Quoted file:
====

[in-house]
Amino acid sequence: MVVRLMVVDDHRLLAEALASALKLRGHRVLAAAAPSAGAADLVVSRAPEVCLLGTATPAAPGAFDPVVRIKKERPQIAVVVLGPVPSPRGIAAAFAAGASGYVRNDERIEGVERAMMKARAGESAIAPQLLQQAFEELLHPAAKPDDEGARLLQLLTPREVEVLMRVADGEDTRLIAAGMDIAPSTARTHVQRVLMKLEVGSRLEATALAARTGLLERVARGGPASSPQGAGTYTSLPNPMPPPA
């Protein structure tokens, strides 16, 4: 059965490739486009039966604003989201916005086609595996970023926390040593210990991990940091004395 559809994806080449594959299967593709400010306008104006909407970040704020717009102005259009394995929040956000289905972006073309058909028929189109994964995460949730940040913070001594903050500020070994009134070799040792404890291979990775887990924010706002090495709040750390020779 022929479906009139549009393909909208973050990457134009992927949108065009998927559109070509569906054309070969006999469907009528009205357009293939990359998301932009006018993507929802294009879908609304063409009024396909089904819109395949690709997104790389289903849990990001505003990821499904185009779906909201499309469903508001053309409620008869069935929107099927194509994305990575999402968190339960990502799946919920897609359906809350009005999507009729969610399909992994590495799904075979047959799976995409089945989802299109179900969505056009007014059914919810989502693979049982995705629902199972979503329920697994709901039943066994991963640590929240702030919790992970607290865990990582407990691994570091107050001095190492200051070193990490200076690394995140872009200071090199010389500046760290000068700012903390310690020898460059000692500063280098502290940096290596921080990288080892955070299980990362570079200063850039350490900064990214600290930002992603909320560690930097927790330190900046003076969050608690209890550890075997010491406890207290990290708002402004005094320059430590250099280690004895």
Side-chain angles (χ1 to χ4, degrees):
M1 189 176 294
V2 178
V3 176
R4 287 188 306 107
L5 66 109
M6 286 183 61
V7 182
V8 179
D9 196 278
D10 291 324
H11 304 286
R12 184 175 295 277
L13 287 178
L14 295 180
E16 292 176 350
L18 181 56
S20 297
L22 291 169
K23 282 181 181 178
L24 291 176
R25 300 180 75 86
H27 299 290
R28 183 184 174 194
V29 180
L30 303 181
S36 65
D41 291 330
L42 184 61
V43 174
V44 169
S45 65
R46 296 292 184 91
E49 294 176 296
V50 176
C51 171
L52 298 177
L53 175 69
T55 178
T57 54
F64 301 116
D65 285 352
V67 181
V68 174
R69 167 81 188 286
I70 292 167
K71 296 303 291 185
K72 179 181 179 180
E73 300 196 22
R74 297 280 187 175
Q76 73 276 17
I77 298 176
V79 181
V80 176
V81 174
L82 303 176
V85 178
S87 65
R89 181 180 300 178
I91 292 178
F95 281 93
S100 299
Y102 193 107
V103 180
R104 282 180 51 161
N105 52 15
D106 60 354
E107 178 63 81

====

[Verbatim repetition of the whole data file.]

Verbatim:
[in-house]
Amino acid sequence: MVVRLMVVDDHRLLAEALASALKLRGHRVLAAAAPSAGAADLVVSRAPEVCLLGTATPAAPGAFDPVVRIKKERPQIAVVVLGPVPSPRGIAAAFAAGASGYVRNDERIEGVERAMMKARAGESAIAPQLLQQAFEELLHPAAKPDDEGARLLQLLTPREVEVLMRVADGEDTRLIAAGMDIAPSTARTHVQRVLMKLEVGSRLEATALAARTGLLERVARGGPASSPQGAGTYTSLPNPMPPPA
């Protein structure tokens, strides 16, 4: 059965490739486009039966604003989201916005086609595996970023926390040593210990991990940091004395 559809994806080449594959299967593709400010306008104006909407970040704020717009102005259009394995929040956000289905972006073309058909028929189109994964995460949730940040913070001594903050500020070994009134070799040792404890291979990775887990924010706002090495709040750390020779 022929479906009139549009393909909208973050990457134009992927949108065009998927559109070509569906054309070969006999469907009528009205357009293939990359998301932009006018993507929802294009879908609304063409009024396909089904819109395949690709997104790389289903849990990001505003990821499904185009779906909201499309469903508001053309409620008869069935929107099927194509994305990575999402968190339960990502799946919920897609359906809350009005999507009729969610399909992994590495799904075979047959799976995409089945989802299109179900969505056009007014059914919810989502693979049982995705629902199972979503329920697994709901039943066994991963640590929240702030919790992970607290865990990582407990691994570091107050001095190492200051070193990490200076690394995140872009200071090199010389500046760290000068700012903390310690020898460059000692500063280098502290940096290596921080990288080892955070299980990362570079200063850039350490900064990214600290930002992603909320560690930097927790330190900046003076969050608690209890550890075997010491406890207290990290708002402004005094320059430590250099280690004895």
Side-chain angles (χ1 to χ4, degrees):
M1 189 176 294
V2 178
V3 176
R4 287 188 306 107
L5 66 109
M6 286 183 61
V7 182
V8 179
D9 196 278
D10 291 324
H11 304 286
R12 184 175 295 277
L13 287 178
L14 295 180
E16 292 176 350
L18 181 56
S20 297
L22 291 169
K23 282 181 181 178
L24 291 176
R25 300 180 75 86
H27 299 290
R28 183 184 174 194
V29 180
L30 303 181
S36 65
D41 291 330
L42 184 61
V43 174
V44 169
S45 65
R46 296 292 184 91
E49 294 176 296
V50 176
C51 171
L52 298 177
L53 175 69
T55 178
T57 54
F64 301 116
D65 285 352
V67 181
V68 174
R69 167 81 188 286
I70 292 167
K71 296 303 291 185
K72 179 181 179 180
E73 300 196 22
R74 297 280 187 175
Q76 73 276 17
I77 298 176
V79 181
V80 176
V81 174
L82 303 176
V85 178
S87 65
R89 181 180 300 178
I91 292 178
F95 281 93
S100 299
Y102 193 107
V103 180
R104 282 180 51 161
N105 52 15
D106 60 354
E107 178 63 81